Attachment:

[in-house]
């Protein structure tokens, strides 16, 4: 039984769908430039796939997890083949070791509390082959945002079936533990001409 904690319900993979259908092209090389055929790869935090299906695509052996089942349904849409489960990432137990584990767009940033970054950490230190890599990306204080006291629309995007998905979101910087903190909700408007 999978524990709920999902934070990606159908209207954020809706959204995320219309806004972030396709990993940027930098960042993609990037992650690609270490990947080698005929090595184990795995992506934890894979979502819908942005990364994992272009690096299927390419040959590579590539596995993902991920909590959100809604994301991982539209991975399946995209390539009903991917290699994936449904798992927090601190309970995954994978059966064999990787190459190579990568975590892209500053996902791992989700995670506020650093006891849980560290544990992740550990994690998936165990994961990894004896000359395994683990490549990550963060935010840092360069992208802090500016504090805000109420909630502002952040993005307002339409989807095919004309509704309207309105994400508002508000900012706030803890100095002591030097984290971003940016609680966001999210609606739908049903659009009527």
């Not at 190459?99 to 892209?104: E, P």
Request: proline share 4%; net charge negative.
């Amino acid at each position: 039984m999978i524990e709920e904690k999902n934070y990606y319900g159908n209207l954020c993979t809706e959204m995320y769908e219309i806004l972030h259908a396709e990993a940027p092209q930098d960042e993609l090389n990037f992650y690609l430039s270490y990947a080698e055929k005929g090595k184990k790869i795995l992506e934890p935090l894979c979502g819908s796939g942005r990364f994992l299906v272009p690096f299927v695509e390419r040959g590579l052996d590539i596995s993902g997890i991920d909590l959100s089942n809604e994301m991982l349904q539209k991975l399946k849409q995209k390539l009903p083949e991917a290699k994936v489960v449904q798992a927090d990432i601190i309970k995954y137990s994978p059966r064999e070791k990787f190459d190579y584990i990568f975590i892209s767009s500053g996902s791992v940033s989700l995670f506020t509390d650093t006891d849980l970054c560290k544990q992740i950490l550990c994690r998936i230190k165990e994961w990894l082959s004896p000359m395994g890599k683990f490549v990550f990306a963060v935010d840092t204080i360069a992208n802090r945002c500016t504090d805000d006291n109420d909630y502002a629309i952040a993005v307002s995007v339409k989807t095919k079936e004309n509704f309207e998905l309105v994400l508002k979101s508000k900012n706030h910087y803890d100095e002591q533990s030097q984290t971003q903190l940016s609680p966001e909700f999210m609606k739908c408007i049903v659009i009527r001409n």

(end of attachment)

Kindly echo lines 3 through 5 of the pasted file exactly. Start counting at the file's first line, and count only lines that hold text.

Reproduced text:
């Not at 190459?99 to 892209?104: E, P």
Request: proline share 4%; net charge negative.
């Amino acid at each position: 039984m999978i524990e709920e904690k999902n934070y990606y319900g159908n209207l954020c993979t809706e959204m995320y769908e219309i806004l972030h259908a396709e990993a940027p092209q930098d960042e993609l090389n990037f992650y690609l430039s270490y990947a080698e055929k005929g090595k184990k790869i795995l992506e934890p935090l894979c979502g819908s796939g942005r990364f994992l299906v272009p690096f299927v695509e390419r040959g590579l052996d590539i596995s993902g997890i991920d909590l959100s089942n809604e994301m991982l349904q539209k991975l399946k849409q995209k390539l009903p083949e991917a290699k994936v489960v449904q798992a927090d990432i601190i309970k995954y137990s994978p059966r064999e070791k990787f190459d190579y584990i990568f975590i892209s767009s500053g996902s791992v940033s989700l995670f506020t509390d650093t006891d849980l970054c560290k544990q992740i950490l550990c994690r998936i230190k165990e994961w990894l082959s004896p000359m395994g890599k683990f490549v990550f990306a963060v935010d840092t204080i360069a992208n802090r945002c500016t504090d805000d006291n109420d909630y502002a629309i952040a993005v307002s995007v339409k989807t095919k079936e004309n509704f309207e998905l309105v994400l508002k979101s508000k900012n706030h910087y803890d100095e002591q533990s030097q984290t971003q903190l940016s609680p966001e909700f999210m609606k739908c408007i049903v659009i009527r001409n």